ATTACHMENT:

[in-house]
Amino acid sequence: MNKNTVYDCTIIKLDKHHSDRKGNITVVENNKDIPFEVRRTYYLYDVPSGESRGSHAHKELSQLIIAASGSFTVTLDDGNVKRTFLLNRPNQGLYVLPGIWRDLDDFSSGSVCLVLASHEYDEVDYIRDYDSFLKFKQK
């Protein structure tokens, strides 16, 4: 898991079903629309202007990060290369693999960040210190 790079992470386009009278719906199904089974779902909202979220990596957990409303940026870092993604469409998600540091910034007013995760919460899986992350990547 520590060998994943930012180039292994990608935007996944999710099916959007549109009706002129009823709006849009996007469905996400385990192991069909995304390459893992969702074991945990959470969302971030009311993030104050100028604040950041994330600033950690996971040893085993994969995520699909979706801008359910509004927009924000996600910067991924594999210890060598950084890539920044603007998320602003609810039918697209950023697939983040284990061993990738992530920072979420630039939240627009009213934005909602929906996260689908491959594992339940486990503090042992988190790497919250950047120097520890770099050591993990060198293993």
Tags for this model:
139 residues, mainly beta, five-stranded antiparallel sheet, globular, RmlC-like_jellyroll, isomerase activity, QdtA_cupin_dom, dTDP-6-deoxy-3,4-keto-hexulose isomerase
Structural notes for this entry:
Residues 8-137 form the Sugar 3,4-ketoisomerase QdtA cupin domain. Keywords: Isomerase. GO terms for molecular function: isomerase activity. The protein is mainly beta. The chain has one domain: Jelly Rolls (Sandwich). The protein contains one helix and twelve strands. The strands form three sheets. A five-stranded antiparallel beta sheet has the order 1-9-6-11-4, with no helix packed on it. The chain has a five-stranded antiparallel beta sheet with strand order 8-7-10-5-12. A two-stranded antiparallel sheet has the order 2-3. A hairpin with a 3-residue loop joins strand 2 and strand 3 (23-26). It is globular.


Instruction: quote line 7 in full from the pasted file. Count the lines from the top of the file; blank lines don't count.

Residues 8-137 form the Sugar 3,4-ketoisomerase QdtA cupin domain. Keywords: Isomerase. GO terms for molecular function: isomerase activity. The protein is mainly beta. The chain has one domain: Jelly Rolls (Sandwich). The protein contains one helix and twelve strands. The strands form three sheets. A five-stranded antiparallel beta sheet has the order 1-9-6-11-4, with no helix packed on it. The chain has a five-stranded antiparallel beta sheet with strand order 8-7-10-5-12. A two-stranded antiparallel sheet has the order 2-3. A hairpin with a 3-residue loop joins strand 2 and strand 3 (23-26). It is globular.